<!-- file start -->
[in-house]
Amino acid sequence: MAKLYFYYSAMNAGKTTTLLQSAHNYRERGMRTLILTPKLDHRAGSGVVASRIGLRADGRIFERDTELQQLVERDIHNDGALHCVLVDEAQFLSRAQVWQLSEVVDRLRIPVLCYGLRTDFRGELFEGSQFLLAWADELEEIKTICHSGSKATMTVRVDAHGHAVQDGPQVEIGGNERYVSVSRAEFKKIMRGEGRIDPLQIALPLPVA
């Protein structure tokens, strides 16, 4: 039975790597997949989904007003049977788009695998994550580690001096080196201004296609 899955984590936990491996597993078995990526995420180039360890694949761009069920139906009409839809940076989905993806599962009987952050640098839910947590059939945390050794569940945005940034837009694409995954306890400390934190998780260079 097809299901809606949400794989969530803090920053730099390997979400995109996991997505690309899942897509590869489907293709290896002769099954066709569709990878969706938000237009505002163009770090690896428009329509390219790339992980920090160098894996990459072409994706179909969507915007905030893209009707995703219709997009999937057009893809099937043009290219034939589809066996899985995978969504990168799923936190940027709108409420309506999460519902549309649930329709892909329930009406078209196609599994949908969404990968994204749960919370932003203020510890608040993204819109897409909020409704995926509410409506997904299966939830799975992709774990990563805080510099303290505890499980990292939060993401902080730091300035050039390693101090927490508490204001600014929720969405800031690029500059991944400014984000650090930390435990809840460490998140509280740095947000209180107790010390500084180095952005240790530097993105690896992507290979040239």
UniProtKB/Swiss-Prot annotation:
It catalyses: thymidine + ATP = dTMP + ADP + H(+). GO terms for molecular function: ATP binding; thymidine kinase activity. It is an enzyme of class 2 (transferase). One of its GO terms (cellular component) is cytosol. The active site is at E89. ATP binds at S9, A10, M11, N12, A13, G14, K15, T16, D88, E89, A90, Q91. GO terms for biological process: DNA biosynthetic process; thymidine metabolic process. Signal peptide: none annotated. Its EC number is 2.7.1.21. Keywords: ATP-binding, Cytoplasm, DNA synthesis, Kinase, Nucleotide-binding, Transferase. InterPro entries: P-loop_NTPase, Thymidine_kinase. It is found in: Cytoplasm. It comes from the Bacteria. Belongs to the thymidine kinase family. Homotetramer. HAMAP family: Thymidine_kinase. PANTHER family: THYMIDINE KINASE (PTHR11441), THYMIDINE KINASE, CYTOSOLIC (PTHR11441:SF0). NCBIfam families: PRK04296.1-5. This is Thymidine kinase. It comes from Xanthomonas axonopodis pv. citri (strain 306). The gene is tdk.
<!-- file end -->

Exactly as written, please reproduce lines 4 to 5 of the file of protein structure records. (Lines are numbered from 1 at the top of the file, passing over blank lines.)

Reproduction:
UniProtKB/Swiss-Prot annotation:
It catalyses: thymidine + ATP = dTMP + ADP + H(+). GO terms for molecular function: ATP binding; thymidine kinase activity. It is an enzyme of class 2 (transferase). One of its GO terms (cellular component) is cytosol. The active site is at E89. ATP binds at S9, A10, M11, N12, A13, G14, K15, T16, D88, E89, A90, Q91. GO terms for biological process: DNA biosynthetic process; thymidine metabolic process. Signal peptide: none annotated. Its EC number is 2.7.1.21. Keywords: ATP-binding, Cytoplasm, DNA synthesis, Kinase, Nucleotide-binding, Transferase. InterPro entries: P-loop_NTPase, Thymidine_kinase. It is found in: Cytoplasm. It comes from the Bacteria. Belongs to the thymidine kinase family. Homotetramer. HAMAP family: Thymidine_kinase. PANTHER family: THYMIDINE KINASE (PTHR11441), THYMIDINE KINASE, CYTOSOLIC (PTHR11441:SF0). NCBIfam families: PRK04296.1-5. This is Thymidine kinase. It comes from Xanthomonas axonopodis pv. citri (strain 306). The gene is tdk.